Why Did Artemis Side With the Trojans?

According to various epics of classical literature like the Iliad, the gods and goddesses interfered in the mortal Trojan War. Artemis was one of these goddesses, and she sided with the Trojans during the war. Why did she do so? 

Artemis sided with the Trojans in the Trojan War because her brother, Apollo, was the patron god of Troy, and because the Trojans worshipped her. Although this allegiance meant she was siding against more powerful gods like Poseidon and Hera, she stayed loyal to Troy until the very end. 

To learn more about Artemis, the history of the Trojan war, and Artemis’s actions during the war, keep reading!

Artemis in the Trojan War

Known for being the goddess of chastity, the hunt, and wild animals, Artemis is the daughter of Zeus and Leto and the twin sister to Apollo, the god of the sun. 

But what was the Trojan War, and what was Artemis’s role in it?

The History of the Trojan War

The Trojan War was a conflict between Troy and Mycenaean, Greece that took place in the 11th century BC. This war began due to the abduction or elopement of Sparta’s queen Helen by the Trojan prince Paris.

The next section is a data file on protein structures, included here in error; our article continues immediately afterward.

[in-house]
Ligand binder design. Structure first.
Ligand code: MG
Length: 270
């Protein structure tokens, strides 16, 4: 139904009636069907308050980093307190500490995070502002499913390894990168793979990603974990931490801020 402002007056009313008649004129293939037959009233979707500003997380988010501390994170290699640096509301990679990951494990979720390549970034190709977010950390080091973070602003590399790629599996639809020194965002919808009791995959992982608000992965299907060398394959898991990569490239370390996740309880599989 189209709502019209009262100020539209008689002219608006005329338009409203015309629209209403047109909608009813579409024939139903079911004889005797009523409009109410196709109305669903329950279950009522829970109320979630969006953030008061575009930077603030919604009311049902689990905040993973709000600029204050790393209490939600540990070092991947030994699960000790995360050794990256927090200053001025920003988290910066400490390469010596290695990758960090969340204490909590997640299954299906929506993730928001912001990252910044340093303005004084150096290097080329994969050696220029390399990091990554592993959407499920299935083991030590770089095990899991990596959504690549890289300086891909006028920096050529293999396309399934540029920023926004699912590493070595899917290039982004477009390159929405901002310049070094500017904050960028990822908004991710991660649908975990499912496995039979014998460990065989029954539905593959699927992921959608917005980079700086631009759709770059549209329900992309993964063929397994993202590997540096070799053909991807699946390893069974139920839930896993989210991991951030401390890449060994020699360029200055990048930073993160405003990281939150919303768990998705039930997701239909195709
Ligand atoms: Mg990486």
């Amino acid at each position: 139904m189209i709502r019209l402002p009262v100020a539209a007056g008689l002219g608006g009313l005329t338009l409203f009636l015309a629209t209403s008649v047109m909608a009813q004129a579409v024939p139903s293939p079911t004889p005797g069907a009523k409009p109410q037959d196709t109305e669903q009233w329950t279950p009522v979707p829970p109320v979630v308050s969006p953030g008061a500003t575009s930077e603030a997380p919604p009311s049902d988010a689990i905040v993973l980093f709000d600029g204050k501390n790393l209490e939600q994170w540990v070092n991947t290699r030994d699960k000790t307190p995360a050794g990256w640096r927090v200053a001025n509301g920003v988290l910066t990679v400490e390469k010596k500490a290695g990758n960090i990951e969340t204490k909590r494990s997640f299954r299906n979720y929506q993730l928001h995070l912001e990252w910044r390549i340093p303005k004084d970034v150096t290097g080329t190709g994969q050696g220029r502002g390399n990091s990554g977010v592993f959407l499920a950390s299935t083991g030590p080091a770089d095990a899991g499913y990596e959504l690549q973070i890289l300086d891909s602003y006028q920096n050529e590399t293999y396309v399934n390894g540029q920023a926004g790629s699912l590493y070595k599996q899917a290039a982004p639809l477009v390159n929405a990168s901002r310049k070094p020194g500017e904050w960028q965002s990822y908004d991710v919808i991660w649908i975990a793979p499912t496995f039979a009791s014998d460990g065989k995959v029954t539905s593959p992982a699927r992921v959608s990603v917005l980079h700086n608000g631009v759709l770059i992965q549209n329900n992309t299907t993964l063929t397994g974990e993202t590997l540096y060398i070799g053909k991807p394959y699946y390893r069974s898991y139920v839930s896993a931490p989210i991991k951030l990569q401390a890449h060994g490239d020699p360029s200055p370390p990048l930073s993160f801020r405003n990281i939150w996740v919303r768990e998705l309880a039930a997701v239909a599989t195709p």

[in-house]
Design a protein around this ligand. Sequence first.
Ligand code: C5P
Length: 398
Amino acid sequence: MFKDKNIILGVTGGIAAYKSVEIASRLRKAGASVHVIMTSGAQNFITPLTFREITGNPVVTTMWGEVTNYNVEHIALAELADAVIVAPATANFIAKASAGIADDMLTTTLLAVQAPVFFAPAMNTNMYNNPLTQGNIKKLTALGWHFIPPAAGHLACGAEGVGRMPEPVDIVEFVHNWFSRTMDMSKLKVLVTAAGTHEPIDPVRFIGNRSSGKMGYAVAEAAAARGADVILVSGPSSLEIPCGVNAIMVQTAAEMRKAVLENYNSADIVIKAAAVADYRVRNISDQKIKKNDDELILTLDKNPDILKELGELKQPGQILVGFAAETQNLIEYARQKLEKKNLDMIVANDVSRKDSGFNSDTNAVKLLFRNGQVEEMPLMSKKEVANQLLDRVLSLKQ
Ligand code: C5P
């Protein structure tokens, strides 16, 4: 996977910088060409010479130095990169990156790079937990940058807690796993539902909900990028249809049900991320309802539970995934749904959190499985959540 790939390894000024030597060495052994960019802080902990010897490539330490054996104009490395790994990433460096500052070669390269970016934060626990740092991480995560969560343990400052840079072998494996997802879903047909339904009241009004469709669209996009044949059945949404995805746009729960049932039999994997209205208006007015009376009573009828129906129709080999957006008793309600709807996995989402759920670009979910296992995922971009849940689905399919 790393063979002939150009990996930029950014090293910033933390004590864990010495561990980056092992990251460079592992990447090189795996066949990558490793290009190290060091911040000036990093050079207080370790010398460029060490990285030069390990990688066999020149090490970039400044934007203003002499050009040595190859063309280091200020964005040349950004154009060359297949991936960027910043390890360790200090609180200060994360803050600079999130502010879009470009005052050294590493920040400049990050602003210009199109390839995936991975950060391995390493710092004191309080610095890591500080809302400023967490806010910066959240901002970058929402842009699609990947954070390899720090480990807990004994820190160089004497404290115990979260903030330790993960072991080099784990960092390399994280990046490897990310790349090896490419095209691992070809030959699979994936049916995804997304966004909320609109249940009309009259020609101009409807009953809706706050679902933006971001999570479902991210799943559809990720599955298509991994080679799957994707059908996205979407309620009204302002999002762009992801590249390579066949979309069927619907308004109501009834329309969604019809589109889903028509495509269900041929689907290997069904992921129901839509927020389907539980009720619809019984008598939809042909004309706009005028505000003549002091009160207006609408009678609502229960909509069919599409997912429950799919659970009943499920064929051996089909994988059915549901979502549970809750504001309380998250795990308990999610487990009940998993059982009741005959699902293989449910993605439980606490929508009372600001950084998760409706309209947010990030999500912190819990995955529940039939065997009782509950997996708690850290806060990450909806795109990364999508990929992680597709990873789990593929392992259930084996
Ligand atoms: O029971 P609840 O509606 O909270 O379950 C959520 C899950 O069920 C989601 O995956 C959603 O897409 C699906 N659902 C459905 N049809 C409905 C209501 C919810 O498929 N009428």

Helen’s husband convinced his brother Agamemnon, king of Mycenae, to retrieve her by laying siege to the city of Troy. 

Classical legends indicate that the gods interfered with much of the battle. Some of these interferences occurred because the mortal heroes of the war were descendants of the gods. Others were simply political games played between the gods. 

What Was Artemis’s Role in the Trojan War?

During the Trojan War, Artemis healed Aeneas, a famous Trojan hero responsible for defending Troy against the Greeks. She also tried to prevent the Greeks from reaching Troy by causing stormy weather in an attempt to make it impossible for their ships to pass. 

According to certain myths, Artemis becalmed the sea, making it impossible for Agamemnon to pass to Troy. This allowed the Trojans some extra time to prepare for the upcoming war. 

Agamemnon then consulted a local seer to find out how he could appease Artemis, who told him she was angry and demanded the sacrifice of his eldest daughter to calm this anger.

The king was so bloodthirsty that he deceived his daughter Iphigenia by telling her she would marry Achilles. Instead, Agamemnon planned to kill her. However, Artemis, protector of women and girls, took her away and replaced her with a stag at the altar. 

Besides this, Artemis also healed Aeneas, son of Aphrodite and leader of the Trojan armies, when he was wounded fighting against the Greeks. 

She was so passionate about helping the Trojans that she went head-to-head with Hera, the patroness of marriage and Zeus’s wife. However, she was defeated by Hera, who stole her quiver and used it to attack her, causing her to abandon the battle and run to Zeus. 

Conclusion 

Artemis played a significant role in the Trojan war and sided with the Trojans because her brother was the Troy’s patron god. She was also worshipped and respected by the Trojans, even though her allegiance to Troy meant going against more powerful gods.

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